And all through these years, 1920 to 1939, Monte Carlo kept up its high standard as one of the great musical centres of Europe. L'Opéra de Monte Carlo was celebrated throughout the musical world and the greatest artistes of the time looked to a season in Monte Carlo as one of the crowning glories of their career. Caruso, alas! was no more; and of the two de Reszkes, Edouard had died during the war in misery in his native land, Poland, and Jean had retired from the operatic stage and was living in Nice, teaching singing to a privileged few. But we had that fine Greek tenor, Lapas (who caused much amusement among the audience once when singing Parsifal, which he did divinely, he forgot to take off his wrist-watch), and the French artiste Thill, we had Vanni-Marcoux, we had Fanny Heldy, and Melba gave her absolutely final appearance on any stage as Marguerite in Faust. Anyway, we had everything that heart of amateur or musician could desire.

When there was no opera we had the Russian Ballets with Diaghileff still in command; or else comedies, sometimes with Sacha Guitry and his wife, sometimes with artistes of the Comédie français come especially from Paris.

About this time, too, there was instituted in Monte Carlo a Société des Conférences. Monsieur Labande, Keeper of the Archives of the Principality, was its moving spirit. He was a charming, highly-cultured old man and under his rule the Society quickly grew into artistic importance. He had enlisted the support and patronage of Prince Pierre de Monaco (this was before the divorce) who made it a point of being present at the conférences which were held once a week. Great personages in the French literary world, as well as distinguished military and naval men, gave some very interesting lectures in the Salle des Conférences, specially built to accommodate the Society and its many patrons. The lectures were, of course, held in French, but whenever we two went, which we did as often as we could, we invariably met a small number of our English friends who were conversant with the language and enjoyed them as much as we did.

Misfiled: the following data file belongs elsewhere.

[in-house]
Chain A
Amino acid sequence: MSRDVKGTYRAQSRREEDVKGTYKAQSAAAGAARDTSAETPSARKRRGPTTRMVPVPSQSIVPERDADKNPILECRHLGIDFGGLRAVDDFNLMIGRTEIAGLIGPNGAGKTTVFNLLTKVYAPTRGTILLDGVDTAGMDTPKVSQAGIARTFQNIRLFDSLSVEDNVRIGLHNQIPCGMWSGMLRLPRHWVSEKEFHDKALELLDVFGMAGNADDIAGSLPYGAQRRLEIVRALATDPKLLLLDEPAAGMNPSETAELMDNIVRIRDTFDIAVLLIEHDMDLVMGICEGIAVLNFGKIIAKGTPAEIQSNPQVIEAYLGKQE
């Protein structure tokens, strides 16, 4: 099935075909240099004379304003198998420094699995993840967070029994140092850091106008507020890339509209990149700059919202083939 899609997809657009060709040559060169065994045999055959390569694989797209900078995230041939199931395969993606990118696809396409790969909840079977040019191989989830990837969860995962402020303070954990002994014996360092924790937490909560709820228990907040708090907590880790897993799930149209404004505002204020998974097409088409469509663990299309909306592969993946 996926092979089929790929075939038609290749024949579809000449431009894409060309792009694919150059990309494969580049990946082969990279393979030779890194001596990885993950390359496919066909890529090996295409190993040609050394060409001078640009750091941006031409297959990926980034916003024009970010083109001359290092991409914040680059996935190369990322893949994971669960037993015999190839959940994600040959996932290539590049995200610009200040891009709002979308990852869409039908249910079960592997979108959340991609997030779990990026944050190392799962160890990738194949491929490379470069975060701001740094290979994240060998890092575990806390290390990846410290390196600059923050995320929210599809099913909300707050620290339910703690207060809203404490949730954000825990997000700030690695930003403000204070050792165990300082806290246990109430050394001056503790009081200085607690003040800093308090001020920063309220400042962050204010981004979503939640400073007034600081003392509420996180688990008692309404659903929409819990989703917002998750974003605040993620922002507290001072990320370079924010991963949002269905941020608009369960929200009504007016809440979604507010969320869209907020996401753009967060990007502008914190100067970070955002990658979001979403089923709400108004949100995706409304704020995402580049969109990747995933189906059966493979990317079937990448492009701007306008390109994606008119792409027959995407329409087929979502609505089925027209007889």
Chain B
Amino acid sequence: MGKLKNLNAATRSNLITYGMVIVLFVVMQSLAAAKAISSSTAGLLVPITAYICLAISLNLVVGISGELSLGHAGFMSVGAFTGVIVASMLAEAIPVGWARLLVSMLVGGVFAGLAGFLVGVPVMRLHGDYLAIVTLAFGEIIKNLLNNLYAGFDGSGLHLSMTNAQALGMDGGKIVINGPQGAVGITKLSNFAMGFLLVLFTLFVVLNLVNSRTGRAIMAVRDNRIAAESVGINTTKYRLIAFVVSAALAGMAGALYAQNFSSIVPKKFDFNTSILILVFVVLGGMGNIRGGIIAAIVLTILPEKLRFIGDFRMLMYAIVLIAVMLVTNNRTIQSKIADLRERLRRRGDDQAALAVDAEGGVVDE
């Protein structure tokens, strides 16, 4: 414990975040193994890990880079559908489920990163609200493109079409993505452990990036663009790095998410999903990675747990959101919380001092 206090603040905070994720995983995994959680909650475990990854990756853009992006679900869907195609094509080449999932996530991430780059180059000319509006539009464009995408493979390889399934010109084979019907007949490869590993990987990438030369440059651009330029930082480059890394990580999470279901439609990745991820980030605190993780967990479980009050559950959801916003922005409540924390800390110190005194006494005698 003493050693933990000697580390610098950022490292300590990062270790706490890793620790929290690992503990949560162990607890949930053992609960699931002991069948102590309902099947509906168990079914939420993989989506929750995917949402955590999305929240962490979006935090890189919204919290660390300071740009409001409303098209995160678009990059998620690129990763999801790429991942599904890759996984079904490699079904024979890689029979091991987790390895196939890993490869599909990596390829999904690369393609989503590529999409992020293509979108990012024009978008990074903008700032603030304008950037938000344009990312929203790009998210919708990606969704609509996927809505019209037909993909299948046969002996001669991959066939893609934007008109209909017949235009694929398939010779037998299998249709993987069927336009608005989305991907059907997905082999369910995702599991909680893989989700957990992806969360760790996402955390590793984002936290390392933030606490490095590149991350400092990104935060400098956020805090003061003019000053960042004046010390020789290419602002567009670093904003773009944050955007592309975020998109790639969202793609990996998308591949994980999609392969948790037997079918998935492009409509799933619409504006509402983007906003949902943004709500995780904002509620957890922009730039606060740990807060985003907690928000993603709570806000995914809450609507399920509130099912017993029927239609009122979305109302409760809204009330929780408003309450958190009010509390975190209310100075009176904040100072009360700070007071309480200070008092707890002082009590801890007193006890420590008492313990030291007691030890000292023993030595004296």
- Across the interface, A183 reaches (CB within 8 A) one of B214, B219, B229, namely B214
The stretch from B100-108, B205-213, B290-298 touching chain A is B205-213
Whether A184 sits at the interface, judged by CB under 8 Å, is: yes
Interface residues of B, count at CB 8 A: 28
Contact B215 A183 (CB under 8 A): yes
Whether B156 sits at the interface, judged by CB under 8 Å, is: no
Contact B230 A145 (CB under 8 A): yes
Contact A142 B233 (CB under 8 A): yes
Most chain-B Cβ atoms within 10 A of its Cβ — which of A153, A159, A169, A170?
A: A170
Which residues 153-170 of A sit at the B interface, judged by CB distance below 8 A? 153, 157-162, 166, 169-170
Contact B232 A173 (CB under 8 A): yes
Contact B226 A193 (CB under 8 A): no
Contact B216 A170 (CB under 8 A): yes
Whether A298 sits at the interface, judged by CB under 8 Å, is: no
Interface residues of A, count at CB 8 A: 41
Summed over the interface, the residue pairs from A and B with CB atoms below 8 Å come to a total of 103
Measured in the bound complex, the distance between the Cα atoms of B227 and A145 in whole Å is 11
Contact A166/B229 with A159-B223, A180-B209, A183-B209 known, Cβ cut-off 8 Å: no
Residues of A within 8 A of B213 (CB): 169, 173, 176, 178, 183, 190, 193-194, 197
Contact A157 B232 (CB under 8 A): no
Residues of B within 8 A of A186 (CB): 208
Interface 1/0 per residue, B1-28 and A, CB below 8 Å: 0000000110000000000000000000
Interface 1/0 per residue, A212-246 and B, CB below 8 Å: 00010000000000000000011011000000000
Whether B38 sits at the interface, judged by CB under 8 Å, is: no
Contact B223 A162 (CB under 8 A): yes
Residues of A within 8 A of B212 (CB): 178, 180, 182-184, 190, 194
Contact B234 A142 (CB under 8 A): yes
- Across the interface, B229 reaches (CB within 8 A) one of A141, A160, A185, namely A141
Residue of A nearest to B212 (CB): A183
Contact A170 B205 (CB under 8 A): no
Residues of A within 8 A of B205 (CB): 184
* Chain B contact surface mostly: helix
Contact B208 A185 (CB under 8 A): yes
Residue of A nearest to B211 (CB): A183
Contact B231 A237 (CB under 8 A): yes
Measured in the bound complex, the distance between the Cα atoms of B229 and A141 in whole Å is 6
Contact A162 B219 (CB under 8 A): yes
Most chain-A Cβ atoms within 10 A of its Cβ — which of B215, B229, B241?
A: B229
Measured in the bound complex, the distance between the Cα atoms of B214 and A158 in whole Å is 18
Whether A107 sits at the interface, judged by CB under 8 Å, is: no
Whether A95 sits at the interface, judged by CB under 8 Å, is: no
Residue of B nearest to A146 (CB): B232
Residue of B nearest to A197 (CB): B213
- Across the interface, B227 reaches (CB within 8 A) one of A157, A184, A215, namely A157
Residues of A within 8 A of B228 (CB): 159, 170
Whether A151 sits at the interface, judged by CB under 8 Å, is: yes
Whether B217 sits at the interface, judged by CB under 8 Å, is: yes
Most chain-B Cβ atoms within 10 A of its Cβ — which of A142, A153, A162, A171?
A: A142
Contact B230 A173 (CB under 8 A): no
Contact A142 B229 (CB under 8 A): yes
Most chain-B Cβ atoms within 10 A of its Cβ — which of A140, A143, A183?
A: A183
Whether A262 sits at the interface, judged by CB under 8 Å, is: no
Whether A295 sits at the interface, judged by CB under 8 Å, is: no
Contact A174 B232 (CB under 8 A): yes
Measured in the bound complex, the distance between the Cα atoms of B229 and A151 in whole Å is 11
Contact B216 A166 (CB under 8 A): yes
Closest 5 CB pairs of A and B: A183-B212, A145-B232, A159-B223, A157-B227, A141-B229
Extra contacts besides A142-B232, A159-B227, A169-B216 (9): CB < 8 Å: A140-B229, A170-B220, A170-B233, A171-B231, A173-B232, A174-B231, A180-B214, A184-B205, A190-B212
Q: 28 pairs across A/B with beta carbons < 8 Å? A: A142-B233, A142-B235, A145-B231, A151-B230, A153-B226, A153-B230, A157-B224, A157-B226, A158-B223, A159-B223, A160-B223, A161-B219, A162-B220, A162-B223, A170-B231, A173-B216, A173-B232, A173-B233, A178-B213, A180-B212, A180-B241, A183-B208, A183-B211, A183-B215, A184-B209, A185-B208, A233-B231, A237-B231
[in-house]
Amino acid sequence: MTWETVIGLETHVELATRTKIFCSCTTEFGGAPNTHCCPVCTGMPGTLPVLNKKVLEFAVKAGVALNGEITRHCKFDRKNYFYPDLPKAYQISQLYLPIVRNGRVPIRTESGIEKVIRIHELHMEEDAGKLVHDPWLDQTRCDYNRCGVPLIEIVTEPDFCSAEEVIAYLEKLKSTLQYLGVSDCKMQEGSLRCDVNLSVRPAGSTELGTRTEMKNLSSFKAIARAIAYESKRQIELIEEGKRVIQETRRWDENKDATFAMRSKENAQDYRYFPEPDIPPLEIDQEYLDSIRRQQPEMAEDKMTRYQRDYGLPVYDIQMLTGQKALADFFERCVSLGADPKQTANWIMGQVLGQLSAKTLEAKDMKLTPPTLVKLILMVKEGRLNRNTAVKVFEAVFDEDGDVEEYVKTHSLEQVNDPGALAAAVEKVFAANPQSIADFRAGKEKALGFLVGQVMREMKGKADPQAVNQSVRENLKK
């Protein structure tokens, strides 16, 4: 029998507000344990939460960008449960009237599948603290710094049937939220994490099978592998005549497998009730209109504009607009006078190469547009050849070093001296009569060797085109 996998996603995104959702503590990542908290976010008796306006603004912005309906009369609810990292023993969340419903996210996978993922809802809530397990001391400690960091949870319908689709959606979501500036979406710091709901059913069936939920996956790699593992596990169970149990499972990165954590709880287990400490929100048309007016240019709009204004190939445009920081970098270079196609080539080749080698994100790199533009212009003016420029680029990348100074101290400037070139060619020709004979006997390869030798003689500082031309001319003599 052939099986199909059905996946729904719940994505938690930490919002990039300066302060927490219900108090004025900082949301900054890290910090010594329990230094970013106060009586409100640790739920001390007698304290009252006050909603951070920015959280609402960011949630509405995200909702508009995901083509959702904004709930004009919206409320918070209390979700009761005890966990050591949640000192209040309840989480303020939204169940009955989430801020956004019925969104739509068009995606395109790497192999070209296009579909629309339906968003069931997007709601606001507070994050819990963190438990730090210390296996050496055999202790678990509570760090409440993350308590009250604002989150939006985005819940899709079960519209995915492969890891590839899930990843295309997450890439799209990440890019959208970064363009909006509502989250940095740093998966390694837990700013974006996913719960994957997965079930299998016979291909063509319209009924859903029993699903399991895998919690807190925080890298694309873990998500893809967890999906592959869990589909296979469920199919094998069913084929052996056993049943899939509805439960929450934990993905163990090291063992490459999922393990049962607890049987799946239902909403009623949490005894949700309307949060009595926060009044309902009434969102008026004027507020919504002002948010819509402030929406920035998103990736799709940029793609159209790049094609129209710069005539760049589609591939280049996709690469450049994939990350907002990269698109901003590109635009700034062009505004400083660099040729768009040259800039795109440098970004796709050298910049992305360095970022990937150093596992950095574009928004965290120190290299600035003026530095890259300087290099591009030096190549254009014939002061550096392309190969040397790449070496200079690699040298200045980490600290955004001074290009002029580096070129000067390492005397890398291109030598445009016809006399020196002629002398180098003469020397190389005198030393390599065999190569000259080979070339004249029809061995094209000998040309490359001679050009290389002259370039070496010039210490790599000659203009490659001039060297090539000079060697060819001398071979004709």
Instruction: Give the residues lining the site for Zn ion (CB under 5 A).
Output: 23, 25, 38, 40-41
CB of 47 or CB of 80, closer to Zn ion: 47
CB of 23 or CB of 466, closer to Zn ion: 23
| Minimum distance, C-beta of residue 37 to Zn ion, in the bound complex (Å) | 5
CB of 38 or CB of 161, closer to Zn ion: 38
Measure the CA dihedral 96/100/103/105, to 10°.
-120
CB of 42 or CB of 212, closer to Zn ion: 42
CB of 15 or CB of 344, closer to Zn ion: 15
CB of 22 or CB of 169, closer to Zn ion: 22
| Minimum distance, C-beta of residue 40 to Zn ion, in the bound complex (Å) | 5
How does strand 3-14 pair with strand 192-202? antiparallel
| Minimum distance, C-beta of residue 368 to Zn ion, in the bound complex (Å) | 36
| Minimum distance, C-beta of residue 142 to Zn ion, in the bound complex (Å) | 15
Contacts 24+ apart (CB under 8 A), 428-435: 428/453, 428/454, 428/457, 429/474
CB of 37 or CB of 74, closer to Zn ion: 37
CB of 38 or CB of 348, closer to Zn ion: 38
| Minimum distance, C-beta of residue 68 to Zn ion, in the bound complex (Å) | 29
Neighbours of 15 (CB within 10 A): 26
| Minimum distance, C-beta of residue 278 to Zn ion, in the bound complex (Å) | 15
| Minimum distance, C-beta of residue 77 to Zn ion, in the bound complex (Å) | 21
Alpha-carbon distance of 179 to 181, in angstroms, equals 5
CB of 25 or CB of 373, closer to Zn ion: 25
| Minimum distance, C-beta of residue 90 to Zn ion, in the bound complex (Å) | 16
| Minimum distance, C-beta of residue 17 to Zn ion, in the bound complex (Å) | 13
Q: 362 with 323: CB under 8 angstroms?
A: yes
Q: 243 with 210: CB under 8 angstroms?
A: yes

Monsieur Labande then did me the honour to ask me to give one of these lectures. He also asked Commander Spicer-Simpson, of the International Hydrographic Bureau, to do the same, as he, like myself, spoke French fluently. For my lecture (I do so dislike the word) I chose Les Beaux et les Dandies des Grands Siècles en Angleterre (otherwise the Beaux and Dandies of the Seventeenth and Eighteenth Centuries. I spoke of the Duke of Buckingham, Beau Nash, and Beau Brummel, and spoke without any notes--of course in French. It was a great success, so much so that the Society had it printed and distributed among its members and a copy now rests among its archives.

That same year Commander Spicer-Simpson gave us a most interesting account of a mission under his command to Lake Tanganyika, entrusted to him by the British Government. He showed us some wonderful magic-lantern slides which he had taken and developed himself. Both he and I were subsequently asked to repeat our lectures at two special galas given in aid of our Church Building Fund, each gala being graced by the presence of H.R.H. the Duke of Connaught. On those occasions both the Commander and I spoke in English, and the hall of the Hôtel Metropole was crowded with English visitors and hosts of our friends and acquaintances.

After that I was asked, year after year, to give a conference, which I did. The members of the Société seemed to like them. Two of my most successful ones were 'historical mysteries', when I sedulously avoided the Man with the Iron Mask--it would have been to trite for a French audience, even in the manner so cleverly elucidated by Andrew Lang--but the audience liked my version of the mysterious Comte de St. Germain whom Horace Walpole had met in England in 1742, whom Madame de Pompadour flirted with twenty years later, who is spoken of by the noted French archæologist, Grosley of Troyes, in his memoirs, as an exceptionally handsome young man in 1813, and Van Damme in the same eulogistic terms as gracing the salons of Louis Philippe, i.e. circa 1840.

My account of the great mystery connected with the false Jeanne d'Arc was also very much liked, especially by my American auditors, and of course the Gowrie Conspiracy is always intriguing; and there are several more which suited my purpose admirably.